Thursday, December 17, 2009

Carpano 'sweet red vermouth'

Apparently vermouth was invented in 1786 by Antonio Benedetto Carpano (1764, Turin - 1815, Turin). The brand Carpano still exists and it's marketed as a vermouth based on the old recipe: Carpano Antica Formula. It's well worth the investment. Carpano Antica Formula is a sweet red vermouth 'Italian style' and full of spice overtones, orange, vanilla ... It's great to drink on it's own, but also an important ingredient for the Manhattan (whiskey, sweet vermouth, and bitters) and the Negroni (gin, Campari, red vermouth). But I would start drinking Carpano Antica Formula as an apéritif.

Carpano Antica Formula is nowadays made by the Italian distiller Branca.

Monday, December 14, 2009

Captain's dinner

A dish from the era of the great sailing ships. While the crew survived on hard biscuits the captain had a somewhat more luxurious lifestyle.

Heat a jar of kapucijners, a type of pea (Pisum sativum L. subsp. sativum var. arvense (L.) Poir). Kapucijners are brown rather than green. Other Dutch name: blauwschokkers, grauwe erwt. In English: Dun pea, Dry pea, Field pea, Soup pea, Grey pea, Purple-flowered pea, Canning pea, Austrian winter pea.

Fry sliced onion on a low fire. Fry smoked bacon (Dutch: spek), cut in small cubes. Drain the kapucijners, spread them out on a plate, add fried onion and bacon. Serve with pickled gherkins, Dutch piccalilly and pickled onions (Dutch: zilveruitjes).

It's a simple dish, but rather effective.

Captain's dinner being served on the billiards table in 't Schippershuis, a small café in Hoorn:


Labskaus is a northern German dish, popular in the harbor cities Hamburg, Lübeck and Bremen. It's basically mashed potatoes with beet and corned beef, garnished with pickled gherkins, rollmops and a fried egg.

Boil between 500 gram and 1 kilo potatoes. Mash potatoes with some warm milk and meat stock. Mix with 100 gram shredded (pre-cooked) beet, 1 table spoon of beet juice, one fried onion and 300 gram corned beef, cut in very small cubes (fried in pan and still warm). Add salt and pepper.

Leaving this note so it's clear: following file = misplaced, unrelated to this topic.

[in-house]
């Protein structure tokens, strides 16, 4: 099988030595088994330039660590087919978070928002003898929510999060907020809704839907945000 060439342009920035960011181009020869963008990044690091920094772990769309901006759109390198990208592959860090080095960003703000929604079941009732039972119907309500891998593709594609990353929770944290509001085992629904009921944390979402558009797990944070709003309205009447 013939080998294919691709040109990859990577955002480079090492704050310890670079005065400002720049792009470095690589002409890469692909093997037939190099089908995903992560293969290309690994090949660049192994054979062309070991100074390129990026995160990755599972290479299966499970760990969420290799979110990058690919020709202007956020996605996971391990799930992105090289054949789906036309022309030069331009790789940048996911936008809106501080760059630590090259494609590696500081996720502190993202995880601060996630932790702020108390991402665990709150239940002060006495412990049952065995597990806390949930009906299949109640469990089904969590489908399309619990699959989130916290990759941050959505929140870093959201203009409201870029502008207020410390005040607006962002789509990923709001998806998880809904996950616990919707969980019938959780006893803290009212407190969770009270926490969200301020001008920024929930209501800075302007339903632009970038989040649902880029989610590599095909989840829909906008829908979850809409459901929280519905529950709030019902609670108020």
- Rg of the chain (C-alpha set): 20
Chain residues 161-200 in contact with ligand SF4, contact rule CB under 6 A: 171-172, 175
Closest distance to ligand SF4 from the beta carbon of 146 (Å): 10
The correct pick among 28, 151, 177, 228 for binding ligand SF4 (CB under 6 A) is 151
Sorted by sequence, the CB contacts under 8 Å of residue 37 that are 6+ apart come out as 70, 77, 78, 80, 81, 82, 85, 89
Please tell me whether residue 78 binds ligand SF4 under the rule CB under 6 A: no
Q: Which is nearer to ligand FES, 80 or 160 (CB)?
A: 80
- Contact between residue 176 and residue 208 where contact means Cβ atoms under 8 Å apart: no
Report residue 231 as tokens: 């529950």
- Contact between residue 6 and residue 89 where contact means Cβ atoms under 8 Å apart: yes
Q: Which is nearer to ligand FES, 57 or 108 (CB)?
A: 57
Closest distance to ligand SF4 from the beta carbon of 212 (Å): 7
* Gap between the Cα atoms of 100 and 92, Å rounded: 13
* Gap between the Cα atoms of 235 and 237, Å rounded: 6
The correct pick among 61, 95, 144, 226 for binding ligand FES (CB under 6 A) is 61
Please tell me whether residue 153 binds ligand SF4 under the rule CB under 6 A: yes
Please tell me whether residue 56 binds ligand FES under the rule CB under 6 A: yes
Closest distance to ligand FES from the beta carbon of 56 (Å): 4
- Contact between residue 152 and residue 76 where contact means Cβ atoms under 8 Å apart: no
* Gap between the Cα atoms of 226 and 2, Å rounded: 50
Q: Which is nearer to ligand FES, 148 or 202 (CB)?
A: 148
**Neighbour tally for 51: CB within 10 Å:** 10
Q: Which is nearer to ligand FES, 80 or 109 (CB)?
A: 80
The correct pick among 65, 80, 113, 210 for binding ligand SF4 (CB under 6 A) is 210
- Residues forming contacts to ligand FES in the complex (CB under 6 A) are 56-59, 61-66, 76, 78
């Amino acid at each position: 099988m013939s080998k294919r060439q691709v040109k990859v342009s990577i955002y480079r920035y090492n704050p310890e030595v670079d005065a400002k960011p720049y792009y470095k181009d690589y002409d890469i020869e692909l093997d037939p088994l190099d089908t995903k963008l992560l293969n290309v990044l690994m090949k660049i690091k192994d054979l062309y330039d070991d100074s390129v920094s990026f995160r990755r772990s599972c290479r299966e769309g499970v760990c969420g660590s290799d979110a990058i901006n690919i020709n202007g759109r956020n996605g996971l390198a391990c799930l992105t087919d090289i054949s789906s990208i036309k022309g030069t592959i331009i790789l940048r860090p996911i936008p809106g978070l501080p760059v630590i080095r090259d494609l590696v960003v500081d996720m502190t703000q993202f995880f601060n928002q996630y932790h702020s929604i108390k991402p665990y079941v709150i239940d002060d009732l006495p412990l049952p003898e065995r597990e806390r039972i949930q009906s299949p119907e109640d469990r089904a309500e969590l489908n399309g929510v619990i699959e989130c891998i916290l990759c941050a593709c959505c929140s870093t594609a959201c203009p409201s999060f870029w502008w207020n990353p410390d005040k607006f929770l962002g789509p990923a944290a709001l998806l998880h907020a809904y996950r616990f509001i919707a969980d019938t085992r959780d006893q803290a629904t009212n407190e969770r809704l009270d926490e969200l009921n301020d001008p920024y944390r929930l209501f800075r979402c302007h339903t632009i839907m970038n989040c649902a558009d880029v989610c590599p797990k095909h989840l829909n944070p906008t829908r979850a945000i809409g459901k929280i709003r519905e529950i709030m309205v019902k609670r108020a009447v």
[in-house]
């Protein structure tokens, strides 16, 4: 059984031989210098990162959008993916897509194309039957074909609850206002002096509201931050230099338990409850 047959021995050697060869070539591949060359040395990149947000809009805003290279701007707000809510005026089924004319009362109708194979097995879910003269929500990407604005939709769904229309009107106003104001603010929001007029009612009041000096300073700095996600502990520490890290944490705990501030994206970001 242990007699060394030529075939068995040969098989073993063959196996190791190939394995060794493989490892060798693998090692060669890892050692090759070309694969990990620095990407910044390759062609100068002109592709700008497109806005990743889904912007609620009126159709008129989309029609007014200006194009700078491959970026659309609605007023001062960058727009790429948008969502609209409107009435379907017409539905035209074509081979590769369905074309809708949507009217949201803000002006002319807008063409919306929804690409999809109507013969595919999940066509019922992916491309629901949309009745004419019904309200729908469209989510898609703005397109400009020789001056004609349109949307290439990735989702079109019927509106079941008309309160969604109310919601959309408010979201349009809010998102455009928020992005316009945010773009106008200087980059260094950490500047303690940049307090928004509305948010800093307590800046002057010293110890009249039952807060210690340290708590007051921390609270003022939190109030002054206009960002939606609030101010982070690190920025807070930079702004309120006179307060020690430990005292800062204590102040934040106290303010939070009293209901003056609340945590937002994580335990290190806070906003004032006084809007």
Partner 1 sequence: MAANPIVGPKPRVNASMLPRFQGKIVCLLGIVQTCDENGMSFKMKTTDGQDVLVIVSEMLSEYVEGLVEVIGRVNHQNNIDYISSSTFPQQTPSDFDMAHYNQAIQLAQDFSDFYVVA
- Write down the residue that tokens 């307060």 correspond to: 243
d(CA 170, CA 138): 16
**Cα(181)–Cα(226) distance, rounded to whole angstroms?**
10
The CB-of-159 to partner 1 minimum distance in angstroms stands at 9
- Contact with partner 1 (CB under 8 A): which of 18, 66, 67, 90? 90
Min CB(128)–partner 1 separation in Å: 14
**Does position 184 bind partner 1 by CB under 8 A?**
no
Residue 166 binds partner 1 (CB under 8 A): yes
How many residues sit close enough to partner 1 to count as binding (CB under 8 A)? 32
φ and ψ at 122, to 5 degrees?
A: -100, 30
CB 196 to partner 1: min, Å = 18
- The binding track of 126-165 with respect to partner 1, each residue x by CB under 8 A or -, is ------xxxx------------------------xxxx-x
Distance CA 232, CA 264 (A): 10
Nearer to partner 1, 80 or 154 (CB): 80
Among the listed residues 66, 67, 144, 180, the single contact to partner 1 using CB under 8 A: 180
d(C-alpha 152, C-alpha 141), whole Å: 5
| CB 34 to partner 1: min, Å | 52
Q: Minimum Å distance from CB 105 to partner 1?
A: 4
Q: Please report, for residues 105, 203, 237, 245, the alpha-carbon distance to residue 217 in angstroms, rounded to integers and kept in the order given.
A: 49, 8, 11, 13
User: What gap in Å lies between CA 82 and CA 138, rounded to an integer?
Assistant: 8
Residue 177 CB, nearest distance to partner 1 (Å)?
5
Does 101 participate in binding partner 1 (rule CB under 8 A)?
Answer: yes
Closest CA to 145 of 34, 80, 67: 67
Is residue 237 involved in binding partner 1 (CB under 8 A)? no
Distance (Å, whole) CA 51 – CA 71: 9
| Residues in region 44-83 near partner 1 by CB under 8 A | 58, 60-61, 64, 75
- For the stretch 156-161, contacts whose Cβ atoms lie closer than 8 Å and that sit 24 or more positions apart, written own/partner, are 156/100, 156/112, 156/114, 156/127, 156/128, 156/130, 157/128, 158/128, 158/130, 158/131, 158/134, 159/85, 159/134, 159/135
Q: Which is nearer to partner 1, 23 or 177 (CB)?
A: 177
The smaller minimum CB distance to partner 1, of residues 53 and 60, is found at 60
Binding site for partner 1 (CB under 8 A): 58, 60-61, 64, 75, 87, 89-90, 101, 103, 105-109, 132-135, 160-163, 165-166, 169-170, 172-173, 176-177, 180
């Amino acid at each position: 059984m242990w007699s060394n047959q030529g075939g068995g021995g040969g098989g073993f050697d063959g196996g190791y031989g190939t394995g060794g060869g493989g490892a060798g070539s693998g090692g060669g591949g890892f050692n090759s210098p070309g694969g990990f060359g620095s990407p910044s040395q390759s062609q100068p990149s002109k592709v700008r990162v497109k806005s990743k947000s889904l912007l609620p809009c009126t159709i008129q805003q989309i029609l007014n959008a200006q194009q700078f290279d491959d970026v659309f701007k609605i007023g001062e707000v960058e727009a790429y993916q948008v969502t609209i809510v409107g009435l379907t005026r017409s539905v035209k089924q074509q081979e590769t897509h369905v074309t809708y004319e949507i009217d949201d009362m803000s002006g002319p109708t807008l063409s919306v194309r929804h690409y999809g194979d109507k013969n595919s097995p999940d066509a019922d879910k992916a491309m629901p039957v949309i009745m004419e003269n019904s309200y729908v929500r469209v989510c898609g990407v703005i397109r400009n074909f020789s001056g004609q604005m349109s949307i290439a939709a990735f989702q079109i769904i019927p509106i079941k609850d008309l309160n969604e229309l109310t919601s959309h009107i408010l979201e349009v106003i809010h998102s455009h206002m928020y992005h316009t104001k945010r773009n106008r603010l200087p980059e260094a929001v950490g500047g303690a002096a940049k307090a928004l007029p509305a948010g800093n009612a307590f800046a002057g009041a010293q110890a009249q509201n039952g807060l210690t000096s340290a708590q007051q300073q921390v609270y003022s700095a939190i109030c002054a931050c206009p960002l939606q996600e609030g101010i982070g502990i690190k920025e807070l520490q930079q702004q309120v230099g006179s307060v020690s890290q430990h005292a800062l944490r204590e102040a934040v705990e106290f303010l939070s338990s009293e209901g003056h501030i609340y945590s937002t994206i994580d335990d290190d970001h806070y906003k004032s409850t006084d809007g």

Because of the mashing, this dish can cool rapidly. Preheat the plates and make sure ALL the ingredients are warm, otherwise you'll end up with a cold labskaus on your plate. Leftovers can be heated in the oven and still taste great the next day.

Not all corned beefs are created equally. For the best result you need 'Deutsches Corned Beef' (German corned beef), which is more tastier since it's embedded in aspic.

Friday, December 11, 2009

Miso soup

Dashi is the stock used for miso soup. You need just two ingredients: kombu (dried sea kelp) and katsuobushi (dried, fermented, and smoked skipjack tuna ).

Soak the kombu for a couple of hours, make some incisions to release the flavor. Add kombu to one liter of water in a pot. Bring to a boil and take out the kombu just before the water starts to boil (don't boil the kombu!). Add 10 gram katsuobushi (also called bonito flakes) to the stock, bring to a boil and simmer for 3 minutes. Drain stock through a cheesecloth. It takes about 15 minutes to make dashi.

Ingredients miso soup:

1 full tablespoon miso paste (you can use shiro-miso or aka-miso)
Silken tofu, in small cubes
Spring onion
Dried wakame
Optional: 1 tablespoon shin mirin (Japanese cooking wine, use the type with less than 1% alcohol)

Miso paste should never be boiled. Put a tablespoon of miso paste in a bowl. In the meantime bring the dashi stock to a boil.

Add a little hot dashi and mix.

Add more dashi, silken tofu, spring onion, wakame and mirin. Wait 5 minutes until the wakame is fully reconstituted. You can soak the wakame beforehand if you wish. That way you'll wash away any 'dust' from the wakame.

This is a basic miso-shiru (literally: miso broth). Many variations are possible.

Tuesday, December 1, 2009

Snert: Echte Hollandse erwtensoep

- 500 gram split peas
- 1 piece of pork hock (=hamschijf), about 500 gram, or two pig's trotters
- 100 gram streaky bacon or Dutch "sauerkraut bacon" (zuurkoolspek): streaky pork, salted but not smoked, preferrably with rind.
- 1 smoked sausage (rookworst)
- 2 large onions, chopped not too small
- 1 large carrot
- 2 leeks
- 1 celeriac (knolselderie)
- 2 potatoes
- 1 bunch celery
- pepper and salt to taste
- 2 liter water to start with

For serving:
- rye bread (pumpernickel), with slices of "katenspek" (lightly streaked pork, first boiled and then smoked black)


Boil the (washed) split peas with the meat (excluding the rookworst).

Remove the thick layer of foam which will form. Discard water. Add clean water and bring to a boil again.

Cut ingredients in small cubes; carrots in 'half moons', cut leeks 'cross wise' (see photo).

Add all vegetables (but not the celery leaf) and simmer for 1,5 tot 3 hours.

Remove meat and cut in small pieces (remove bones). Pork hock contains an amazing amount of fatty skin. Perfect for an hungry 19th century farmer, maybe not so great in the 21st century. Discard some of the fat. Return boiled meat to pot, add rookworst and a handful of chopped celery leaf. Season with salt and pepper and leave standing overnight.

You can leave out the rookworst, or even all the meat. Serve with rye bread and sliced katenspek.